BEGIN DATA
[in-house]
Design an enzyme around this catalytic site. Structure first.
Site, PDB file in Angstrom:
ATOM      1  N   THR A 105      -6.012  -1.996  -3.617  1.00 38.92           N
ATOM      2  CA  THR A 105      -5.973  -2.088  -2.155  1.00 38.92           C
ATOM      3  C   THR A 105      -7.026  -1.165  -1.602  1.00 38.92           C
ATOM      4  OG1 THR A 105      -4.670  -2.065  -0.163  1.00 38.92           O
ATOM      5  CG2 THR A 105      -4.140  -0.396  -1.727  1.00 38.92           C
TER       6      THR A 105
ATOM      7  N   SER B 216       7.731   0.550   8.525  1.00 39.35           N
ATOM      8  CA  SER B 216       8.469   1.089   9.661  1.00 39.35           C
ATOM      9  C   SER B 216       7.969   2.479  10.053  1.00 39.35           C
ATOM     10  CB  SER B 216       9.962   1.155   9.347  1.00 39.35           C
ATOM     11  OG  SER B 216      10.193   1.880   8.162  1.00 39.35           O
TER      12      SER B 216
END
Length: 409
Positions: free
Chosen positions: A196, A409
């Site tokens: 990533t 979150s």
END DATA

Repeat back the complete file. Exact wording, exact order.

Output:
[in-house]
Design an enzyme around this catalytic site. Structure first.
Site, PDB file in Angstrom:
ATOM      1  N   THR A 105      -6.012  -1.996  -3.617  1.00 38.92           N
ATOM      2  CA  THR A 105      -5.973  -2.088  -2.155  1.00 38.92           C
ATOM      3  C   THR A 105      -7.026  -1.165  -1.602  1.00 38.92           C
ATOM      4  OG1 THR A 105      -4.670  -2.065  -0.163  1.00 38.92           O
ATOM      5  CG2 THR A 105      -4.140  -0.396  -1.727  1.00 38.92           C
TER       6      THR A 105
ATOM      7  N   SER B 216       7.731   0.550   8.525  1.00 39.35           N
ATOM      8  CA  SER B 216       8.469   1.089   9.661  1.00 39.35           C
ATOM      9  C   SER B 216       7.969   2.479  10.053  1.00 39.35           C
ATOM     10  CB  SER B 216       9.962   1.155   9.347  1.00 39.35           C
ATOM     11  OG  SER B 216      10.193   1.880   8.162  1.00 39.35           O
TER      12      SER B 216
END
Length: 409
Positions: free
Chosen positions: A196, A409
């Site tokens: 990533t 979150s």